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the same hour at night. You may take these two meals, good or bad, as you find them, or go without.

When, after ascending the Jura mountains all night, the summit is at length reached by ten the next morning, no language is adequate to the view that bursts upon the eye of the Lake of Geneva; the Pays de Vaud; the distant Alps, and Mont Blanc.-Suffice the feeble effort I have made to describe the view at Lausanne.

At Dôle where we took a meal, I witnessed, for the first time, with indescribable emotion, the horrors of war :-those horrors so frequent on the continent; so totally unknown in England.

This secluded, romantic, village was unfortunately within the line of march of the allied troops at the period of the Battle of Waterloo. Placed on the very frontiers of France, the hostile, invading, army, elated with success, here chose to show their savage superiority. They not only possessed themselves of every cottage and house in the village, but plundered and destroyed all before them. When all that the house contained was utterly gone, then, to complete the havoc, they burnt it to the ground. The wretched inhabitants fled with their infants, to the woods, and, for four days, had nothing to support life, save the milk of a few cows. The world was all to begin again. Little succour or redress, to the hapless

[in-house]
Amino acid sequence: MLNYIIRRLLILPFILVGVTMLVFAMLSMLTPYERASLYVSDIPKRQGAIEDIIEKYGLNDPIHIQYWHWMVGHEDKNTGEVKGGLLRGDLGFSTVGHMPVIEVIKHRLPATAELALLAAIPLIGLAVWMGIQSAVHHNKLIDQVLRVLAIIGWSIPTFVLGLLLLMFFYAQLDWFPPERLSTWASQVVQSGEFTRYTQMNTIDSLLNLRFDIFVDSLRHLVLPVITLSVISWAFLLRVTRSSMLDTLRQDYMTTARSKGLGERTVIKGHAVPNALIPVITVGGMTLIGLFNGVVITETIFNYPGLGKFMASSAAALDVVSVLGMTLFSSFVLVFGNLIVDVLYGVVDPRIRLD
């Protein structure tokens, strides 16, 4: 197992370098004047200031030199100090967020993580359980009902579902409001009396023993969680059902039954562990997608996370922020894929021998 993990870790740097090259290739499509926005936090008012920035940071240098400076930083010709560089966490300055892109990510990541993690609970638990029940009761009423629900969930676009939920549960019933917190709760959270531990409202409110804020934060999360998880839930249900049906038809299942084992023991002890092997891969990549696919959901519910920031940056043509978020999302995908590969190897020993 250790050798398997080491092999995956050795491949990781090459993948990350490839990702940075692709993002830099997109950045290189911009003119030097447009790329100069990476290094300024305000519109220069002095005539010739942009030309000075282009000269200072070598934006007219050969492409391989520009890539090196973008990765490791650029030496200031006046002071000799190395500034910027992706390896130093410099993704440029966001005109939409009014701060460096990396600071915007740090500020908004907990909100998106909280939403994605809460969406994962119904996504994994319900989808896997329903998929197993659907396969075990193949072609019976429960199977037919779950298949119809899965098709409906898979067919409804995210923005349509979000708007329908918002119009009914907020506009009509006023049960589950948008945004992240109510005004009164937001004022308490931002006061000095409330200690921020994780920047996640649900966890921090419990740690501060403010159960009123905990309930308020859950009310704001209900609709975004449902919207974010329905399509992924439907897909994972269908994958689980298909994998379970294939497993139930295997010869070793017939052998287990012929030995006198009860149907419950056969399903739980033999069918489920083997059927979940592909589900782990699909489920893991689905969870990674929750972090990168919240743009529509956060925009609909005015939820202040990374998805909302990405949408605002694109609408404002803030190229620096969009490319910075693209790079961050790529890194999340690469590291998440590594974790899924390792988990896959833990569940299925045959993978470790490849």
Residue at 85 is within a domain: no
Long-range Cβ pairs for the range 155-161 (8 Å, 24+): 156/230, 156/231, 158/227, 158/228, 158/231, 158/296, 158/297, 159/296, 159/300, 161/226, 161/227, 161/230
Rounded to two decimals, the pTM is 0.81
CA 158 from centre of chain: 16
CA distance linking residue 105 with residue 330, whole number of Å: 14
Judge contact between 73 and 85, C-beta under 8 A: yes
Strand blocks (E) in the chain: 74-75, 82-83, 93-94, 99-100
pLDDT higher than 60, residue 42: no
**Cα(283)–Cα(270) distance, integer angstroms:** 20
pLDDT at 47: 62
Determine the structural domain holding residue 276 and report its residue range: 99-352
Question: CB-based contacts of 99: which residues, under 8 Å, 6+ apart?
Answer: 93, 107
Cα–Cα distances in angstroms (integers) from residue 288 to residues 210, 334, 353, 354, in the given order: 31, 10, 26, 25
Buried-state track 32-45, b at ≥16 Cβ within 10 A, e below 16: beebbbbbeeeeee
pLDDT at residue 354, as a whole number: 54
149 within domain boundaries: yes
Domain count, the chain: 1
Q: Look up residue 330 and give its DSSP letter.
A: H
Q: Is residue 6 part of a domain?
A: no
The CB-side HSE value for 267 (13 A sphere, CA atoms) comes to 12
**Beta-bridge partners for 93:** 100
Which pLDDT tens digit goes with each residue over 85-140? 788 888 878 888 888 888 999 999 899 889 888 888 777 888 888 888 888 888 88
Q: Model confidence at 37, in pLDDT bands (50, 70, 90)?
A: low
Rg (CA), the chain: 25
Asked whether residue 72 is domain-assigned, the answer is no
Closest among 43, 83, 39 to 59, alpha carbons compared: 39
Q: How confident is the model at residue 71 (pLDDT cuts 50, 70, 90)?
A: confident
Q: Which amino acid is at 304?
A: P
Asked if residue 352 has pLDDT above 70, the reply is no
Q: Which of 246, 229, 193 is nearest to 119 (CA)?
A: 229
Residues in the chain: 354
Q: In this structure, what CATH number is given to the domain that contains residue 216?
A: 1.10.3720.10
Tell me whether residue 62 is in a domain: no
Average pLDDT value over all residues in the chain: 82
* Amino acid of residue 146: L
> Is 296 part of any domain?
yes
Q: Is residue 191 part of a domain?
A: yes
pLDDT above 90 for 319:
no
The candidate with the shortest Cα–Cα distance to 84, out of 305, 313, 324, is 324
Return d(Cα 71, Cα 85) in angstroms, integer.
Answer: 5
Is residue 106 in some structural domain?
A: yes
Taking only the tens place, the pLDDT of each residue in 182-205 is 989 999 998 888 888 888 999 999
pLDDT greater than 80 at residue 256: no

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peasantry! No punishment to the merciless soldiery!

At Geneva I had the singular good chance of arriving at an inn, and of going into the same room, at the very hour with three young English friends who each had left London at different periods; had taken different routes; had met on the road by accident, and now met with me on the same route as themselves. A quartett, instead of a trio, was instantly formed, for sociality, safety, and economy, equally combined.

Geneva, all peaceful as its tranquil lake and retired situation unite to make it, has, nevertheless, like its more potent neighbouring kingdoms, been torn by dissensions and revolutions, civil, religious, and political. It was known to the Romans, was serviceable to Cæsar; and subsequently formed part of the wide-extended dominion of Charlemagne.

In the fifteenth century, the Genevese suffered greatly from the contests with their implacable foe, the Duke of Savoy, and with their own bishops. It was about the year 1540 that Calvin came to Geneva, having, after infinite difficulty and much animosity, established that Reformation in religious tenets which had already spread over the best part of Europe. Calvin died here at the age of 55, in the year 1564.

About 1590, the Genevese were so reduced

long wars that our Queen Elizabeth remitted to

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them the then great sum of 5000l. In December, 1602, the Duke of Savoy made a most daring, and wily, attempt to take Geneva by assault; but it failed, after trifling loss on both sides, by one of the strange chances of war :-the accidental sweeping away by a cannon-ball of three of the assailants' scaling ladders. In 1790, the influence of the French Revolution extended hither; and in 1794, Geneva was desolated by confiscations, condemnations, and bloodshed. In 1798, Geneva was annexed, per force, to France, and in the subsequent wars of that kingdom with Austria, Switzerland, generally, from her geographical position, and as being the great pass for the armies of either power, has been cruelly invaded, over-run, and oppressed.